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From Sudden Stops to Fisherian Deflation: Quantitative Theory and Policy

Author

Listed:
  • Anton Korinek

    (Department of Economics, Johns Hopkins University, Baltimore, Maryland 21218
    National Bureau of Economic Research, Cambridge, Massachusetts 02138)

  • Enrique G. Mendoza

    (Department of Economics, University of Pennsylvania, Philadelphia, Pennsylvania 19104
    National Bureau of Economic Research, Cambridge, Massachusetts 02138)

Abstract

In the 1990s, Sudden Stops in emerging markets were a harbinger of the 2008 global financial crisis. During these Sudden Stops, countries lost access to credit, which caused abrupt current account reversals, and suffered severe recessions. This article reviews a class of models that yield quantitative predictions consistent with these observations, based on an occasionally binding credit constraint that limits debt to a fraction of the market value of incomes or assets used as collateral. Sudden Stops are infrequent events nested within regular business cycles and occur in response to standard shocks after periods of expansion increase leverage ratios sufficiently. When this happens, the Fisherian debt-deflation mechanism is set in motion, as lower asset or goods prices tighten the constraint further, causing further deflation. This framework also embodies a pecuniary externality with important implications for macroprudential policy because agents do not internalize how current borrowing decisions affect collateral values during future financial crises.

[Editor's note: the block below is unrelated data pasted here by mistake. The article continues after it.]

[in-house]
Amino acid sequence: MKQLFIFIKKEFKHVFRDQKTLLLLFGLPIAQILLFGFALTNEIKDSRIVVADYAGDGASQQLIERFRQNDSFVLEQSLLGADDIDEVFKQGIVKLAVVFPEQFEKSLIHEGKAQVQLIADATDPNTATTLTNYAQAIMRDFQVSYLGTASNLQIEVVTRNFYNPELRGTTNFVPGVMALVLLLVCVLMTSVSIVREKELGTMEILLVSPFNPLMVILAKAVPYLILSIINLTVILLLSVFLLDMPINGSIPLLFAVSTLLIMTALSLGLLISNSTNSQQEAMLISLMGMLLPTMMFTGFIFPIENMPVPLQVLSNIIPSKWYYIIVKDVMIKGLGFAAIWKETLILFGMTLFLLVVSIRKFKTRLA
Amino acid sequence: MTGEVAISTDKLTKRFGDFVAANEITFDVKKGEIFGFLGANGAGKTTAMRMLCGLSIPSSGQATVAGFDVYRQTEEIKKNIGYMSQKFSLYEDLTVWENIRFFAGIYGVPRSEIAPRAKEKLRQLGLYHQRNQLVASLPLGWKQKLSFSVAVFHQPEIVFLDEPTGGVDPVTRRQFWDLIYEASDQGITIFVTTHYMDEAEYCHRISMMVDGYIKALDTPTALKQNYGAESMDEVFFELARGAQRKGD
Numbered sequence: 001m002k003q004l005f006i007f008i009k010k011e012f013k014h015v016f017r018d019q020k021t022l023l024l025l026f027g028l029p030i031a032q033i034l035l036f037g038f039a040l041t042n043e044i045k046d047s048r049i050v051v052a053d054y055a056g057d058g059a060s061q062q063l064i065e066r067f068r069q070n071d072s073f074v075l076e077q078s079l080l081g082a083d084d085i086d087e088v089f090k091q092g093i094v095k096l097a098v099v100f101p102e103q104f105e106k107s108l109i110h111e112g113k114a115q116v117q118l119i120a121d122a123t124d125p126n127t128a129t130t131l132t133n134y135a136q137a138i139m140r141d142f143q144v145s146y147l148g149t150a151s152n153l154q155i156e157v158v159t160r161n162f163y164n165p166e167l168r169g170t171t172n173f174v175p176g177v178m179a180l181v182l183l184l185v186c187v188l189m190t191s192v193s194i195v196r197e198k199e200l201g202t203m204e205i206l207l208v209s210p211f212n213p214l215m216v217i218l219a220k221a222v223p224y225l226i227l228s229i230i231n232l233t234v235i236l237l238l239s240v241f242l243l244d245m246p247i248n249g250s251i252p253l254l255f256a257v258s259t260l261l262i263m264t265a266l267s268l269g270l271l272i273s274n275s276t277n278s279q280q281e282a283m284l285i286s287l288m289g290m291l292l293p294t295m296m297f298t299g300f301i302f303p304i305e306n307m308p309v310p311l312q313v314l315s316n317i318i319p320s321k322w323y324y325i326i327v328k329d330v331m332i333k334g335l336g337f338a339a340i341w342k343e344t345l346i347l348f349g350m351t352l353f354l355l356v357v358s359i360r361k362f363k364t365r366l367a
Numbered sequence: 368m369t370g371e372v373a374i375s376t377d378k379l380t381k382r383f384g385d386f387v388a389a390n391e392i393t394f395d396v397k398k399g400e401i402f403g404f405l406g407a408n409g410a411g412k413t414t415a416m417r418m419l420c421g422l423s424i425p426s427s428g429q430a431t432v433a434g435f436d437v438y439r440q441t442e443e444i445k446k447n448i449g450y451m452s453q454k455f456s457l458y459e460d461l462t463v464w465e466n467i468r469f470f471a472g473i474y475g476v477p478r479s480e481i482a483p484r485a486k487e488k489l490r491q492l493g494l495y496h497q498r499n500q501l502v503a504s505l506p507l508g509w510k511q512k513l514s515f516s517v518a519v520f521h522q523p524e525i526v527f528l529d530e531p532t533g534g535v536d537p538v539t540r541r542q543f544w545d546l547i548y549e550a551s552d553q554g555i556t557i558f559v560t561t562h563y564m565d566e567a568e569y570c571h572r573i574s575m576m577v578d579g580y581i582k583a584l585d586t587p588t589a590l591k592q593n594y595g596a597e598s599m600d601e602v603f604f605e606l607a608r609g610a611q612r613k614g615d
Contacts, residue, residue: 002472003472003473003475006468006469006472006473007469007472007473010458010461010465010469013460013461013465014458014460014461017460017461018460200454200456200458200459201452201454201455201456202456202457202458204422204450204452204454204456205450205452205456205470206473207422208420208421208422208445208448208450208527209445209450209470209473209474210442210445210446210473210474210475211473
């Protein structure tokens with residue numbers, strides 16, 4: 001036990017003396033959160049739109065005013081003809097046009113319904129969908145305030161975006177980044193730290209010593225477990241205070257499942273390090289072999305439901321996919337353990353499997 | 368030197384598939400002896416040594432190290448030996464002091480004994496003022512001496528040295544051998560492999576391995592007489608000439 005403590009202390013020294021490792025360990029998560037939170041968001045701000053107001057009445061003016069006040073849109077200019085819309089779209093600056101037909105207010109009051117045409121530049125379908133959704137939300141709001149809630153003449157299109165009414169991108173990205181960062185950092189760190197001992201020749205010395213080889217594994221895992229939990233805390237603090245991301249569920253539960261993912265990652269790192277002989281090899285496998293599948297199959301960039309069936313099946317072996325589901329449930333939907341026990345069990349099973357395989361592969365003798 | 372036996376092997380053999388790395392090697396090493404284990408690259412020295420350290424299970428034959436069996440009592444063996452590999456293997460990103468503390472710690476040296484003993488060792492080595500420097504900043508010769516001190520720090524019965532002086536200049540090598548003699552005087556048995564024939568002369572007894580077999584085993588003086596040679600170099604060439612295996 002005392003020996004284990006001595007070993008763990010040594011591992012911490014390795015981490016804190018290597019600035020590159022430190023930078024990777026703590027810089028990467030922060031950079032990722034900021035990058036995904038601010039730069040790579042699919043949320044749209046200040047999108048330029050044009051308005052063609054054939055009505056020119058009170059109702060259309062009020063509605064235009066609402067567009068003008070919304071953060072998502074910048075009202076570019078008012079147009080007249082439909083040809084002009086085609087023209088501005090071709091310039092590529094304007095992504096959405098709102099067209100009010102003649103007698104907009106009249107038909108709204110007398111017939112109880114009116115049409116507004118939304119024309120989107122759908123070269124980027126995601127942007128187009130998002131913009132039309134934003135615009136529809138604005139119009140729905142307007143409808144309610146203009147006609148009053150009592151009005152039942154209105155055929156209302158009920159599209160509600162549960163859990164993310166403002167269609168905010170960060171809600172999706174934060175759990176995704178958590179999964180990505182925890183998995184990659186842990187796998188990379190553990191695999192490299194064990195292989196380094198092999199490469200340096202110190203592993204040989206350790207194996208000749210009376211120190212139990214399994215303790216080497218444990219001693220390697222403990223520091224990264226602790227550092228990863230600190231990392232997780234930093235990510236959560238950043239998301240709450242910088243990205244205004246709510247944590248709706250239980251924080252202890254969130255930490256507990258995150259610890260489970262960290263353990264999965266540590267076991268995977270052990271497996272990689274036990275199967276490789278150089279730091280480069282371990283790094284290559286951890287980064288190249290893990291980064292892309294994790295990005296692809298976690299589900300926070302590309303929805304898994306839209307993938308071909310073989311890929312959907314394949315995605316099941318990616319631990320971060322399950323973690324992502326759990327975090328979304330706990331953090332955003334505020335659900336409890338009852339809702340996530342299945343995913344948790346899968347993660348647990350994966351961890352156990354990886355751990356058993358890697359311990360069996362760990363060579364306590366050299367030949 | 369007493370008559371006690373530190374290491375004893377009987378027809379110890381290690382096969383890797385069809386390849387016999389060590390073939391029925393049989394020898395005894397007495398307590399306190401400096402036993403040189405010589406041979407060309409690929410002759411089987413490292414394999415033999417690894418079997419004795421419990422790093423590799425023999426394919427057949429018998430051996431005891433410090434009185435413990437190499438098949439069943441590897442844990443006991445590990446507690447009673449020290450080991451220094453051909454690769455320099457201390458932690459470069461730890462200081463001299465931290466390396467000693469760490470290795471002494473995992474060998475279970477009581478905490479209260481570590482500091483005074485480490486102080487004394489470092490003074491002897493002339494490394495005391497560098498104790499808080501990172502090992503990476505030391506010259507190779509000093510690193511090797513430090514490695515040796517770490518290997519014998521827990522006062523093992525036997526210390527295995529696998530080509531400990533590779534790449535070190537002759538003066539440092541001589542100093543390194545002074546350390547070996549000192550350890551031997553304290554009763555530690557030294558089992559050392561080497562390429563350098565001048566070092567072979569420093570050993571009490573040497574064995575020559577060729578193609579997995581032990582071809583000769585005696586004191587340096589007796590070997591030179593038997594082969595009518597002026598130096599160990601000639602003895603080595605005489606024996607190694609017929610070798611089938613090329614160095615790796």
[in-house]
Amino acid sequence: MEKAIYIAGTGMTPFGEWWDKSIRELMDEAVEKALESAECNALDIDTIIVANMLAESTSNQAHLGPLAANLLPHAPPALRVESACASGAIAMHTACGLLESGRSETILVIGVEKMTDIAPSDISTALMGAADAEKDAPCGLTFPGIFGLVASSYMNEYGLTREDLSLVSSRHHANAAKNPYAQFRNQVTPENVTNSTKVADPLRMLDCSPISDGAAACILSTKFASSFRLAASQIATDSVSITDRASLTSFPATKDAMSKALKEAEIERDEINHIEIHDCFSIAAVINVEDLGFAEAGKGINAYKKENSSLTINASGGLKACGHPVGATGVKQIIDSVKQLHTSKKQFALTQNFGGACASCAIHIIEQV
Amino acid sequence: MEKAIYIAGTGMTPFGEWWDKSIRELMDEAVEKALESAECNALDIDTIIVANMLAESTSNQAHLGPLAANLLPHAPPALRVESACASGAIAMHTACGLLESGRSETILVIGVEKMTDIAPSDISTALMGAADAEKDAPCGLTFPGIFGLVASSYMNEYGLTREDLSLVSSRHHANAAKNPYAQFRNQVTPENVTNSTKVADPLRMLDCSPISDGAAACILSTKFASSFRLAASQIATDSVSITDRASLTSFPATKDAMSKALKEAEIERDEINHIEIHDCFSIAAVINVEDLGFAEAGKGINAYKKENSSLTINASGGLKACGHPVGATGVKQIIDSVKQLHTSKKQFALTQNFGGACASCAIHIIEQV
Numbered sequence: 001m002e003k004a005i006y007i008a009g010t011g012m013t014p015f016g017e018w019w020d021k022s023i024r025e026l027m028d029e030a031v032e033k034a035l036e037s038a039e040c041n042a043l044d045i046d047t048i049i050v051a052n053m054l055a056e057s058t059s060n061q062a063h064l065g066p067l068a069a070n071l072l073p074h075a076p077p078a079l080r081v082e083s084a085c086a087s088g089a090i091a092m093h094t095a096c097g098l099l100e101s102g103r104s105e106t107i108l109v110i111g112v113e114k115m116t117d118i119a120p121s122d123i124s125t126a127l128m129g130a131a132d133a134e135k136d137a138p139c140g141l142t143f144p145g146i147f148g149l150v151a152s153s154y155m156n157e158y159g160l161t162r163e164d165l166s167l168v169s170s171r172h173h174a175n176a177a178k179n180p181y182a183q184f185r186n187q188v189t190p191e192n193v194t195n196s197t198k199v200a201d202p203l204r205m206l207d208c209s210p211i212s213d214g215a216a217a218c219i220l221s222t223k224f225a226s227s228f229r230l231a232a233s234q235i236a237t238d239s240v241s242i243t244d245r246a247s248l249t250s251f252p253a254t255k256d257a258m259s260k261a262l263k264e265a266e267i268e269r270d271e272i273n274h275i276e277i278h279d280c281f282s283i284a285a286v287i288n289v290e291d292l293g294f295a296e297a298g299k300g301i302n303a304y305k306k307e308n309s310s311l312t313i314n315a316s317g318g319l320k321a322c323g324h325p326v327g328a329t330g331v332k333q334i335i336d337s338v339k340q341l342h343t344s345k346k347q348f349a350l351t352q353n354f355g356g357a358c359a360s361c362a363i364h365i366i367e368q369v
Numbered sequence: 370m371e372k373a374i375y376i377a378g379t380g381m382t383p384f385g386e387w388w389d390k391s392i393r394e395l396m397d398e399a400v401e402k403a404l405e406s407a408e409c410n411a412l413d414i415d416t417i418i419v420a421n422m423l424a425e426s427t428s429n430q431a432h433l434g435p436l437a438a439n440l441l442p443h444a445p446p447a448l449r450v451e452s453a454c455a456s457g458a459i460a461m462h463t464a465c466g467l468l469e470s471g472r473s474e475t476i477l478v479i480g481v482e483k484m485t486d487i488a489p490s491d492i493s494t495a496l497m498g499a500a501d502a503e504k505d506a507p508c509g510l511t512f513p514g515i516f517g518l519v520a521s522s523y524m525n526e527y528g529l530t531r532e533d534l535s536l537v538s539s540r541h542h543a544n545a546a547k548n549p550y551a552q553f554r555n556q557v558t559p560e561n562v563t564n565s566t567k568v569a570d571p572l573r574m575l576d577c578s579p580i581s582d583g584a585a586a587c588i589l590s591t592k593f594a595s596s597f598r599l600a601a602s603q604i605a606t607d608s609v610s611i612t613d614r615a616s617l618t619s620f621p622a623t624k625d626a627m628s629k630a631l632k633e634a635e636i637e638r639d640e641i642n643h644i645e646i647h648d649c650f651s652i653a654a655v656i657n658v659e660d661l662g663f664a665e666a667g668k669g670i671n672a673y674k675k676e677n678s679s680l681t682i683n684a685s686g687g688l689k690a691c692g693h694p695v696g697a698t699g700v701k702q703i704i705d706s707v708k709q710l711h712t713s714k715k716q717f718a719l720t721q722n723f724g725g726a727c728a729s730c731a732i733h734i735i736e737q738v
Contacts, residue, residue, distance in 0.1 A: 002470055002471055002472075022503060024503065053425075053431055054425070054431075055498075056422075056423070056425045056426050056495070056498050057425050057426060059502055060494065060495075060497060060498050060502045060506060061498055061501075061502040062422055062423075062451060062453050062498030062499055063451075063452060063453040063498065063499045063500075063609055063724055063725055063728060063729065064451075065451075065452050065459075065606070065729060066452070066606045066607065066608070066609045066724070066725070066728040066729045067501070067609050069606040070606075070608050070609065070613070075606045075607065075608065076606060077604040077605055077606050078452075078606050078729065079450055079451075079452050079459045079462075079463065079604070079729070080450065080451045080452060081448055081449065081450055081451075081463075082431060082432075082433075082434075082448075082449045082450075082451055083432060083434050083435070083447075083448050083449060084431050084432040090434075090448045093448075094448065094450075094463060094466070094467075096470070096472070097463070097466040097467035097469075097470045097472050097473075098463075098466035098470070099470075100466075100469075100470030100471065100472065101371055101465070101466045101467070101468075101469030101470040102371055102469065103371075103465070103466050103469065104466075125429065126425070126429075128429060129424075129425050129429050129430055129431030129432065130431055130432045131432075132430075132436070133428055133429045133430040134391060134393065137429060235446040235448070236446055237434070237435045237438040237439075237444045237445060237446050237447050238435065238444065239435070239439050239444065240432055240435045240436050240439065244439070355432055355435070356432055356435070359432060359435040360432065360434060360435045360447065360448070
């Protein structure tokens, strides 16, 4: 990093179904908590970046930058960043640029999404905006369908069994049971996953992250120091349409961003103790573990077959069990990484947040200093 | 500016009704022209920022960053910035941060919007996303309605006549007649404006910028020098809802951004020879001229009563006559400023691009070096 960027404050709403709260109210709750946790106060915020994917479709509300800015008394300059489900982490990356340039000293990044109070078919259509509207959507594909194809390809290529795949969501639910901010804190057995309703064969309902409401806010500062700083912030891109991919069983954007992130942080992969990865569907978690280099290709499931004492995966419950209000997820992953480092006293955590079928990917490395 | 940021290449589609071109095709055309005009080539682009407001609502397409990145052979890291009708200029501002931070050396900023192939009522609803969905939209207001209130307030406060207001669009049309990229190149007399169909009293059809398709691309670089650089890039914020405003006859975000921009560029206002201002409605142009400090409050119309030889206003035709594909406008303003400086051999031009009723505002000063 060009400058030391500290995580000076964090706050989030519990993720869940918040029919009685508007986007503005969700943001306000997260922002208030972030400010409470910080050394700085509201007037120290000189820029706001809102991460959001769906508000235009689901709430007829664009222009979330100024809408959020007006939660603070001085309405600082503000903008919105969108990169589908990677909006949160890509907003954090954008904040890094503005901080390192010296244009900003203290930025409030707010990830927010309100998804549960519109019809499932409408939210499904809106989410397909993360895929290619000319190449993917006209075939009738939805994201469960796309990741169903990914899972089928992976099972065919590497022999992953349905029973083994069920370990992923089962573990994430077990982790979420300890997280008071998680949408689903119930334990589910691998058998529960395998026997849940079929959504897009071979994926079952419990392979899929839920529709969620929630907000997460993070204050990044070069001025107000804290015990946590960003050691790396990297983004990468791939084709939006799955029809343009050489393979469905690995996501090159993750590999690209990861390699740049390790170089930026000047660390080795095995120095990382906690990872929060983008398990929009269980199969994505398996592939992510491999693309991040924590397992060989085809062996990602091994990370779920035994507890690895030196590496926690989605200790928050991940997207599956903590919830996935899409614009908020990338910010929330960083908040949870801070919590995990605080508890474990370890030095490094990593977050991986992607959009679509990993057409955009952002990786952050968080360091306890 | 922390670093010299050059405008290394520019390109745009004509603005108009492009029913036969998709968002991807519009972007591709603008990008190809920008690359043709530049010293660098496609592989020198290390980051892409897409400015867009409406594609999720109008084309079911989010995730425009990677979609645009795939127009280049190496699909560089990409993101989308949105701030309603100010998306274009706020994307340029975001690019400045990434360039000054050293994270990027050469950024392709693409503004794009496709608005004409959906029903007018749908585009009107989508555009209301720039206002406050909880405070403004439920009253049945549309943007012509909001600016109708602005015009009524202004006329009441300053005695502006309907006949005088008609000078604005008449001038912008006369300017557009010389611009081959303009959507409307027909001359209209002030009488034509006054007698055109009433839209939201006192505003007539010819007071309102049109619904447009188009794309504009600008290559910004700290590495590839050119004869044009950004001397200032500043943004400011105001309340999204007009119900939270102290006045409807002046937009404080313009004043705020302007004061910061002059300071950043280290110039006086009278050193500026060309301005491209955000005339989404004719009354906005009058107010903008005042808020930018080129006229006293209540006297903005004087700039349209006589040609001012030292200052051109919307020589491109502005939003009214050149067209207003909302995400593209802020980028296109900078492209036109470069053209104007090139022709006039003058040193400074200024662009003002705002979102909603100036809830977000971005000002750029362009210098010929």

Suggested Citation

  • Anton Korinek & Enrique G. Mendoza, 2014. "From Sudden Stops to Fisherian Deflation: Quantitative Theory and Policy," Annual Review of Economics, Annual Reviews, vol. 6(1), pages 299-332, August.
  • Handle: RePEc:anr:reveco:v:6:y:2014:p:299-332
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    File URL: http://www.annualreviews.org/doi/abs/10.1146/annurev-economics-080213-041005
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    More about this item

    Keywords

    financial crises; balance sheet effects; pecuniary externalities; macroprudential regulation;
    All these keywords.

    JEL classification:

    • F34 - International Economics - - International Finance - - - International Lending and Debt Problems
    • F41 - International Economics - - Macroeconomic Aspects of International Trade and Finance - - - Open Economy Macroeconomics
    • E44 - Macroeconomics and Monetary Economics - - Money and Interest Rates - - - Financial Markets and the Macroeconomy

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